On November 7, 2011, Allen sent Rosenberg an e-mail. See Defendant's Ex. 177. The e-mail read in part: "... we are providing you with full settlement authority on this matter rather than having someone have to appear. That also provides you authority to dismiss the matter if needed." Id.
On November 11, 2011, Allen sent Rosenberg an e-mail that wished to confirm that Rosenberg had received the November 7 e-mail that granted him full authority because "we cannot provide a witness." Id.
On November 11, 2011, Rosenberg sent a responding e-mail to Allen. See id. The e-mail read: "Yes - thank you. It looks like this will need to be dismissed. I'll send you a confirming letter." Id.
On November 14, 2011, Allen sent Rosenberg an e-mail. See id. The e-mail read, "Can you please just send an explanation of the dismissal when you send the paperwork?" Id.
On November 14, 2011, Rosenberg sent Allen a responding e-mail. See id. The e-mail read: "Since the California Rules of Court and the local rules REQUIRE personal attendance at this conference, and I have been advised by the court that in this case there would be sanctions for failure to appear, in order to prevent sanction to the client, pursuant to your instructions, the matter is being dismissed." Id . (emphasis in original).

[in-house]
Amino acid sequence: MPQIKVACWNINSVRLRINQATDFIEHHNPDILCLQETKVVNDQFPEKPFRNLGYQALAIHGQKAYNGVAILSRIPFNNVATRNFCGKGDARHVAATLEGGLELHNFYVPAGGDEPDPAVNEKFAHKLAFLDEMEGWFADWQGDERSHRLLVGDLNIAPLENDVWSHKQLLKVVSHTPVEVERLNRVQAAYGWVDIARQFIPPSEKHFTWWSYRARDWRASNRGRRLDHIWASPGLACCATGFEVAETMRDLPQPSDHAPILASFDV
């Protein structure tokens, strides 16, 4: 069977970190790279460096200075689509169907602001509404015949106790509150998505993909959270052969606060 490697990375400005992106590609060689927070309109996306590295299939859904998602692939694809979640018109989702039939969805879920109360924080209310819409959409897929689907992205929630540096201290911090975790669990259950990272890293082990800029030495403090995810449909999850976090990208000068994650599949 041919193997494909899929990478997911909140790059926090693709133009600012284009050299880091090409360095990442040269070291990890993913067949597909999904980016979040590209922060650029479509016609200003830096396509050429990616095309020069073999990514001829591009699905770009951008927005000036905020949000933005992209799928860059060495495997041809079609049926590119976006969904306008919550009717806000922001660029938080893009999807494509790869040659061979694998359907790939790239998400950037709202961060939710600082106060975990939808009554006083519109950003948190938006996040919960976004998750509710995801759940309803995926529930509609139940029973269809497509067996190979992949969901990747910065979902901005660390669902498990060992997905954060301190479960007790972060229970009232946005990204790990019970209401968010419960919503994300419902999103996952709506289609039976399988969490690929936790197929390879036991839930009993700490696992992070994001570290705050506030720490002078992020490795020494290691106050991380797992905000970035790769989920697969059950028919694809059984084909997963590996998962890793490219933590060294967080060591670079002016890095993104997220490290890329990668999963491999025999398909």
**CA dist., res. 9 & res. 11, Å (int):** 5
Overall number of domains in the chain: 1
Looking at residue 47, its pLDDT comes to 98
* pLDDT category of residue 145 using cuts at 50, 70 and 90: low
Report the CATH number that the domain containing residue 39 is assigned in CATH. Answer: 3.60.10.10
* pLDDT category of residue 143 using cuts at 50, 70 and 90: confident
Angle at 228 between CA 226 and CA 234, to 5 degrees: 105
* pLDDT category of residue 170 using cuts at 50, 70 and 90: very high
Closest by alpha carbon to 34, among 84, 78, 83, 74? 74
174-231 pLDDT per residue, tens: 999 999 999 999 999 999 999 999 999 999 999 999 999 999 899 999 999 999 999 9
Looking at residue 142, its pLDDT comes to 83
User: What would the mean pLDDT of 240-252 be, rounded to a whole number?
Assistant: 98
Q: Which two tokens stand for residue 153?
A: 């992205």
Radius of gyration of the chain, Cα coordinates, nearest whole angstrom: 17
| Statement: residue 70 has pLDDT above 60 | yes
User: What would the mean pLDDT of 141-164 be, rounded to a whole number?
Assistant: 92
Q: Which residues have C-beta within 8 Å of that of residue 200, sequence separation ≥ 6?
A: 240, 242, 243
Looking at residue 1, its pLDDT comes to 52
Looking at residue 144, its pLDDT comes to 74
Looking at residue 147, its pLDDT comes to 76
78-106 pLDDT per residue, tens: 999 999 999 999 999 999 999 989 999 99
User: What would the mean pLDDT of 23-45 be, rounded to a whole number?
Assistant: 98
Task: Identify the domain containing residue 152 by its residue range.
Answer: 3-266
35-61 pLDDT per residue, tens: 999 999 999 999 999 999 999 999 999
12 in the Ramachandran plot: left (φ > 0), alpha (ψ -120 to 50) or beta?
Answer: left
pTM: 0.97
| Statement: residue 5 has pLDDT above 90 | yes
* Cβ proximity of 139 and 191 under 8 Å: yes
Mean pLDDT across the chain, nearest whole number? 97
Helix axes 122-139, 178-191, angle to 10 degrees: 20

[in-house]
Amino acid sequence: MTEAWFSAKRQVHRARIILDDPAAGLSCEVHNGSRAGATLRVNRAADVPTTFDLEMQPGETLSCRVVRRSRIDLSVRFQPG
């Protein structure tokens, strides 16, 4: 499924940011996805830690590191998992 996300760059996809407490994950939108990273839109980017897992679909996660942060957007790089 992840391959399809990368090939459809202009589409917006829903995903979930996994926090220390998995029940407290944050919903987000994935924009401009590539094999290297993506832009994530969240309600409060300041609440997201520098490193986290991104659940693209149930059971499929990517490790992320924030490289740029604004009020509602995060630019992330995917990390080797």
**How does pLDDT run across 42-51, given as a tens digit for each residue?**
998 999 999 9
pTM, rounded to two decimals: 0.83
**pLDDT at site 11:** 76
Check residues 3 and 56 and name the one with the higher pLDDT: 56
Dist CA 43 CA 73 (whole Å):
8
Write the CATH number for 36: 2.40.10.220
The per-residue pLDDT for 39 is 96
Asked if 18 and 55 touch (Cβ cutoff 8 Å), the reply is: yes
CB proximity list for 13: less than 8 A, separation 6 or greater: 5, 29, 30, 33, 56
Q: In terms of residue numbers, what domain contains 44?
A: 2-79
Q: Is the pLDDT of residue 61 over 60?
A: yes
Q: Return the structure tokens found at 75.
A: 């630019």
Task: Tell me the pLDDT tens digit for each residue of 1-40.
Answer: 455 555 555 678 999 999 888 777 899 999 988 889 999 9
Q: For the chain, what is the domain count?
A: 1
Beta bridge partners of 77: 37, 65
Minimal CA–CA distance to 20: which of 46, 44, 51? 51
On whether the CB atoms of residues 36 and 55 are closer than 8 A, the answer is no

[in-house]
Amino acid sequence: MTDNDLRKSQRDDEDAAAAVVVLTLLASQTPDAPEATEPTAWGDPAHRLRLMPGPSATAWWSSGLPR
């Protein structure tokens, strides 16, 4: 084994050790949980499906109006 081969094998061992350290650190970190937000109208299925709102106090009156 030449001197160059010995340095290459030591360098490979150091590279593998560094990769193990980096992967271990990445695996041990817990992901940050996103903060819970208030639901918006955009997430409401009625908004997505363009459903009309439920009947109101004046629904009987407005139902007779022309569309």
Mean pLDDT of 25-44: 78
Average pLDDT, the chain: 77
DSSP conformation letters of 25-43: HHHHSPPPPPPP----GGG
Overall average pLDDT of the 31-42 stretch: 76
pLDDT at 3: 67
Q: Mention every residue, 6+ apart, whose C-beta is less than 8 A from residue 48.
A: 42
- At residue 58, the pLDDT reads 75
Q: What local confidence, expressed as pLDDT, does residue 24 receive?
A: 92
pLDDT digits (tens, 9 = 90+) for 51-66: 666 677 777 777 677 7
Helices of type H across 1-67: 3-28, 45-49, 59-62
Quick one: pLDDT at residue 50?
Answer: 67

On November 14, 2011, Allen sent Rosenberg a responding e-mail. See id. The e-mail read: "Can you please advise when the last attempt was made to try to settle with the defendant, I need that to forward to the client." Id.
On November 14, 2011, Rosenberg sent Allen a responding e-mail. See id. The e-mail read in part: "Right after the judgment was set aside.... We just received confirmation from the court that the conference is now off calendar due to the dismissal being filed by us." Id.
On November 14, 2011, Allen sent Rosenberg a responding e-mail. See id. The e-mail read: "Ok thank you! I will wait to see if you are requesting any additional costs or if any will be returned then I will close my file down." Id.
On November 14, 2011, Rosenberg filed a dismissal of the Tulare Action without prejudice. See Defendant's Ex. 178.
Defendant dismissed the Tulare Action because it could not send a representative to personally appear at the settlement conference and Defendant wished to avoid sanctions. See Defendants' Exs. 176, 177.
Plaintiffs filed this lawsuit in 2012. See Doc. No. 1.
An F&R dated January 6, 2014, recommended denying an anti-SLAPP motion filed by Defendant. See Doc. No. 44. In part, the F&R found that Plaintiffs had made sufficient allegations in their complaint that the Tulare Action had terminated in their favor. See id. at 13:20-14:5. The F&R noted that Defendant's anti-SLAPP motion did not challenge the favorable termination element of malicious prosecution. See id.